JRM Vol.17 No.6 pp. 617-627
doi: 10.20965/jrm.2005.p0617


Spinal Information Processing and its Application to Motor Learning Support

Mihoko Otake*,**, and Yoshihiko Nakamura***

*Division of Project Coordination, University of Tokyo, 5-1-5 Kashiwa-no-ha, Kashiwa, Chiba 277-8568, Japan

**PRESTO program, Japan Science and Technology Agency

***Graduate School of Information Science and Technology, University of Tokyo, 7-3-1 Hongo, Bunkyo-ku, Tokyo 113-8656, Japan

January 28, 2005
June 14, 2005
December 20, 2005
motor learning, muscle innervation, simulation, spinal cord, human behavior analysis
We designed motor learning support for acquiring motor skills involving neural mechanisms. We should be able to acquire neural information by analyzing whole-body muscle data, because the nervous system controls the musculoskeletal system and lengths and forces information is fed back to the nervous system. Motor information is calculated by mapping motion-capture data on to a musculoskeletal human model. Neural information represents the set of motor information on the muscles innervated by the arbitrary spinal cord segment. Neural information processing is proposed which calculates correlation among the neural information. We demonstrate the effectiveness of our proposal by experimental results of “kesagiri.”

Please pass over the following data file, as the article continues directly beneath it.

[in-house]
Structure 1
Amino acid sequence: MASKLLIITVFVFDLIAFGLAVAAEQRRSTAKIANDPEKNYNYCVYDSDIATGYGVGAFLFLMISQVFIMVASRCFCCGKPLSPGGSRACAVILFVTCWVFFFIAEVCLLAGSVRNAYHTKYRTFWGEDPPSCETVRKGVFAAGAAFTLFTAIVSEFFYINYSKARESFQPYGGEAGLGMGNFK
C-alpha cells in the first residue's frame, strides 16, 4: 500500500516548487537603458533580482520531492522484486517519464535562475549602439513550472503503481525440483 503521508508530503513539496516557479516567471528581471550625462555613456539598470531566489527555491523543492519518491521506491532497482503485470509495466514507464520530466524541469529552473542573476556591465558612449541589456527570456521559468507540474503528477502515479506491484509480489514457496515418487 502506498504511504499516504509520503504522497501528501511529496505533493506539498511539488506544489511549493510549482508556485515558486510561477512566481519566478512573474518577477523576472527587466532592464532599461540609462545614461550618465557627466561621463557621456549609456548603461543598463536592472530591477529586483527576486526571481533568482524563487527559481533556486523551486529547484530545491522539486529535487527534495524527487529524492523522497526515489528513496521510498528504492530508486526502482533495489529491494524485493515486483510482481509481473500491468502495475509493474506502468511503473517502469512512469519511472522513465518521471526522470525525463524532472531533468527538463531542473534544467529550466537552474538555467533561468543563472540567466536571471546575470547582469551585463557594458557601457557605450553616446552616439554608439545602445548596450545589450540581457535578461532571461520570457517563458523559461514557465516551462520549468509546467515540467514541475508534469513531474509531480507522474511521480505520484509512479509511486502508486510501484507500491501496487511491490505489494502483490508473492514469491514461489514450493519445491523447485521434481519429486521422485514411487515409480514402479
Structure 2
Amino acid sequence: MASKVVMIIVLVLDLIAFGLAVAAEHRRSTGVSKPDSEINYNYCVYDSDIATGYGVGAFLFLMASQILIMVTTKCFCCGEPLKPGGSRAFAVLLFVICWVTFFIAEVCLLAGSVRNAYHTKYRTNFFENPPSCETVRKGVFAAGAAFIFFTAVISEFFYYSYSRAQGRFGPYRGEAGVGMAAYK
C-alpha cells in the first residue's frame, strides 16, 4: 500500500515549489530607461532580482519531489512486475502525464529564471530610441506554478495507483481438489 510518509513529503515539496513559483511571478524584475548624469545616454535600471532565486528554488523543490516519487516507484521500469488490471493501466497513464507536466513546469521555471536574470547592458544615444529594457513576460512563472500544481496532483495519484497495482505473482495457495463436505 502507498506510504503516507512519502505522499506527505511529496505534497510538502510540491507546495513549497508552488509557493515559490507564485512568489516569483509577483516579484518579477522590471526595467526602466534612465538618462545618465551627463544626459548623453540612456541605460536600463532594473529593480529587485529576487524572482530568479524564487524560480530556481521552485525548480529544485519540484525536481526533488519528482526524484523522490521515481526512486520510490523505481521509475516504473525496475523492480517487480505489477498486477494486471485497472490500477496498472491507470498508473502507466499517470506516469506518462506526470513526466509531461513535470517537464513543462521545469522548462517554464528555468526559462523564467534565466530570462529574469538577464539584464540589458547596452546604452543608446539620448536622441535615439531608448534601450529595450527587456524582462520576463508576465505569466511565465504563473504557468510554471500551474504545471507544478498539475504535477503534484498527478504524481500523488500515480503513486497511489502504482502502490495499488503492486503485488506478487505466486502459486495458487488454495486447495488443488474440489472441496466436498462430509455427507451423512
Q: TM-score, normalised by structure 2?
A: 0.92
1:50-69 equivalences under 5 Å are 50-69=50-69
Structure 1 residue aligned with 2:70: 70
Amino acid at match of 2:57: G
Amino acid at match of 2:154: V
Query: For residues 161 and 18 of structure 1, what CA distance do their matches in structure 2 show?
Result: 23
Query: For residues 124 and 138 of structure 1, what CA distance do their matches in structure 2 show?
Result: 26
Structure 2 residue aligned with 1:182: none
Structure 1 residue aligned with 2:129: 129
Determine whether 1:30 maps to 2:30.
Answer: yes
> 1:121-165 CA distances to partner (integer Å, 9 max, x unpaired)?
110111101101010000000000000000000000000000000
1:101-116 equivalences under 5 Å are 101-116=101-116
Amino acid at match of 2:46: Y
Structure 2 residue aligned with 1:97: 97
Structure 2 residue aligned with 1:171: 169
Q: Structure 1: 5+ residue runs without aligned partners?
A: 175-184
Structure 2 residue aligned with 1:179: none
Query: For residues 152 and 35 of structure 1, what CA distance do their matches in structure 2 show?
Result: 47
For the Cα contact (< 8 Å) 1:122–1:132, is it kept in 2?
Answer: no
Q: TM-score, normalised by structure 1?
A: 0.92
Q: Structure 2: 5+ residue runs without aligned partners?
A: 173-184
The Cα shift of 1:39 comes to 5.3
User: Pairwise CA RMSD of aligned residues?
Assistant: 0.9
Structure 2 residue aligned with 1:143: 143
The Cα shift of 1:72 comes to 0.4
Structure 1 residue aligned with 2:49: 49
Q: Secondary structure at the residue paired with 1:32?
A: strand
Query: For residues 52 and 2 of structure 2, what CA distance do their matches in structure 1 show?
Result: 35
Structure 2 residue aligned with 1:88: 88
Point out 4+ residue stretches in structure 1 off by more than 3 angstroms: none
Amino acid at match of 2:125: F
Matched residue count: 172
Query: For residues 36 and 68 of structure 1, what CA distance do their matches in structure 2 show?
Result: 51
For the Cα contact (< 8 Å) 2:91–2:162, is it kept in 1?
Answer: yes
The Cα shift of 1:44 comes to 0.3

Cite this article as:
M. Otake and Y. Nakamura, “Spinal Information Processing and its Application to Motor Learning Support,” J. Robot. Mechatron., Vol.17 No.6, pp. 617-627, 2005.
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